captain Harry holding cobia
Recreational anglers have done more than their fair share to increase and conserve game fish stocks. It’s past time for federal fishery managers to do their job. (Photo by Chris D. Dollar)

“The (federal) initiative with the catchy acronym “MRIP” seeks to help remedy the hopelessly flawed Marine Recreational Fisheries Statistics Surveys (MRFSS), NOAA Fisheries’ current vehicle to snag recreational fishing data. Sport anglers have roundly complained that the clunky MRFSS is woefully inaccurate. Think of a square block with spikes trying to fit in a round hole. With the phase-in of MRIP over the next several years, fishery managers expect to gain a better handle on who is fishing and for what. Armed with better information, sport fishermen are banking on a more equitable allocation of fisheries resources.”

My brain hurts just thinking about the fact that I wrote the above paragraph  fifteen years ago in a column about encouraging progress to better manage recreational fisheries. Re-reading it today, man, do I ever sound like a doe-eyed optimist.

Sure, hindsight is 20/20. But what made me think that NOAA Fisheries could finally get a handle on the impacts and benefits that the sport fishing community has on our public marine fisheries?

Not sure what I’m rambling on about? Let me remind you, gentle reader, that MRIP is shorthand for the Marine Recreational Information Program, the federal agency’s NOAA hallmark program launched nearly twenty years ago. It was supposed to provide accurate estimates of recreational fishing catches and trips that occur from Maine to Mississippi and Hawaii. Or at least that was what we were told.

According to NOAA Fisheries, MRIP data comes from two different components:

  1. Dockside interviews administered by state partners that gather information on angler catch rates (i.e., number, types and sizes of fish caught); and
  2. A mail survey administered by NOAA known as the Fishing Effort Survey (FES), which is used to estimate fishing effort (i.e., the number of fishing trips that occur). The FES component is driven by angler recall, a fancy word for memory.

As it turns out, however, NOAA Fisheries main vehicle to capture sport fishing data may be flawed, and likely fatally. By the feds own admission, it has been overestimating recreational catch and effort data by as much as 40 percent. Think about that – that’s not just a rounding error. Not even close.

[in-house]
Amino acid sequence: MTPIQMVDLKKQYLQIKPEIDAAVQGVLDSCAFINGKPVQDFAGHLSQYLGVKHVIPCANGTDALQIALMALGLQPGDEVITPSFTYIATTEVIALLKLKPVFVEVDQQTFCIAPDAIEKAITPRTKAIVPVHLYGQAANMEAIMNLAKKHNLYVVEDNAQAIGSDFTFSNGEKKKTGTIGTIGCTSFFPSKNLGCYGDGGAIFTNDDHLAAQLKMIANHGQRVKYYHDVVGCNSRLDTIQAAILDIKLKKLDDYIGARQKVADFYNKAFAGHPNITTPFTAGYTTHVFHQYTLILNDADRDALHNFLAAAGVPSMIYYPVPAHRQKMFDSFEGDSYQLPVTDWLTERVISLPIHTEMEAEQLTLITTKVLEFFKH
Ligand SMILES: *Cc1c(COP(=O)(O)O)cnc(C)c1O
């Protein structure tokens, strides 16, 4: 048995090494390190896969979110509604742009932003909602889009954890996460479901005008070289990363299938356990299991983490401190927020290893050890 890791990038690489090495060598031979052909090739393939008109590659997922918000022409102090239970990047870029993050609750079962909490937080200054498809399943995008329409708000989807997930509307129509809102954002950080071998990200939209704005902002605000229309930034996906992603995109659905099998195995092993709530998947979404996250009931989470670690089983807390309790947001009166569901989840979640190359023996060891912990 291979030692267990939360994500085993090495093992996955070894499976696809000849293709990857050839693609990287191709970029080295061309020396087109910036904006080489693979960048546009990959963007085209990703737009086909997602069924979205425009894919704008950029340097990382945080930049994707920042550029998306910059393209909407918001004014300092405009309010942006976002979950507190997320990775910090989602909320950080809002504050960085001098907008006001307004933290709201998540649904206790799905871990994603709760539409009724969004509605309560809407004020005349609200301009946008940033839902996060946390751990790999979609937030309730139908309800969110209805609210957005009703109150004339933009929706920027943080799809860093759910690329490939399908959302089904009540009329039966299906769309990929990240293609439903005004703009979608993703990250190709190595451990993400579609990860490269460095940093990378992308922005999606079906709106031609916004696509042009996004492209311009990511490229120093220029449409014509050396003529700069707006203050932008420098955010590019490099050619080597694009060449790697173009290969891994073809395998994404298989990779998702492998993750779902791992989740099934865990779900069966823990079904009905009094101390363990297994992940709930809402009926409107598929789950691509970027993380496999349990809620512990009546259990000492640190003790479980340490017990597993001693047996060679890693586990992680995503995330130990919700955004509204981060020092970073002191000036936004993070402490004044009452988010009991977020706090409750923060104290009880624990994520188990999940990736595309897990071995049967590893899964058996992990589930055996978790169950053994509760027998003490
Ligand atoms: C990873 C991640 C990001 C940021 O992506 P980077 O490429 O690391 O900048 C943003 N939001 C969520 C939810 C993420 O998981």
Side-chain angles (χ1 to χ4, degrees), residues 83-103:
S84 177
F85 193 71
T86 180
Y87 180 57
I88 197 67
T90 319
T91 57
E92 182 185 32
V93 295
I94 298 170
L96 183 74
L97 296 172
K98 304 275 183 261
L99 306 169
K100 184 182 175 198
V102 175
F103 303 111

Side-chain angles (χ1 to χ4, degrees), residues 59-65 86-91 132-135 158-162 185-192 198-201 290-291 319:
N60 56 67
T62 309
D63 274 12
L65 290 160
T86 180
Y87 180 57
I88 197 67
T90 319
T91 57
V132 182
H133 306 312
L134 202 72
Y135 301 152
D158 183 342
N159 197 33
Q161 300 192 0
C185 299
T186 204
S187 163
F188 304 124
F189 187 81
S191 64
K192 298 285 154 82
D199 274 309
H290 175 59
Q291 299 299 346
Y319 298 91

This colossal blunder affects management plans for numerous important game fish anglers who spend their time and money pursuing. In fact, sport fishing generates billions of dollars of economic activity vital to coastal communities every single year. The Chesapeake has hundreds if not thousands of these localities, ranging from small villages to large towns and cities.

Some of these fish impacted by the flawed data are in need of conservation while other fish stocks are healthy. It is essential to differentiate which is which, so that appropriate resources can be directed to species in need while anglers are given better – or how about just fair – access to those fish that are in good shape.

Moreover, it is the third time in more than a dozen years that serious issues have been uncovered in NOAA’s recreational fishery data program. I truly do not know where to begin to explain this latest snafu, except to echo what no doubt countless tackle business owners, pro guides and millions of sport anglers and marine fishery conservationists are probably saying: “I told you so!”

Ted Venker, vice president for Coastal Conservation Association, nailed it with his assessment: “Yet another major revision to the federal recreational data collection system is upon us, and it should bring a realization that NOAA is just not capable of doing this job. At best we are looking at several more years of questionable revisions, recalculations, and recalibrations based on a suspect data system that has never proven it can produce accurate information. This is no way to manage a public resource. It would be irresponsible to continue down this road rather than exploring and supporting state-based options to better manage the recreational sector wherever feasible.”

To be sure, it is a complicated mess that may take years to unravel. That’s why I also encourage you to read the entire white paper written by CCA and four other of the nation’s leading recreational fishing and marine conservation organizations.

Included are many salient recommendations, yet for me this statement pretty much sums up the task at hand: “The MRIP recreational catch and effort data collection system needs to be fundamentally reshaped to meet the needs of stock assessments, the precise management requirements of federal law (Magnuson Stevens Act) and the stakeholders.”

NOAA Fisheries has had more than enough chances to get this right. They need to stop “explaining” the problem, wasting our time and money and work with the angling community to just fix it. And they need to do it now. Alternatives already exist. Lead, follow or get out of the way.

It’s A Wrap! Miss An Episode of Chesapeake Perspective? Catch it Here!

CCA and its partners wrapped up another highly successful season of Chesapeake Perspective. Season 2 featured three thought-provoking seminars designed to spark innovative and move forward solutions to some of the most pressing issues confronting Chesapeake recreational anglers.

Missed the lively discussion by experts from the Chesapeake and Atlantic region? No worries – view all six episodes on YouTube.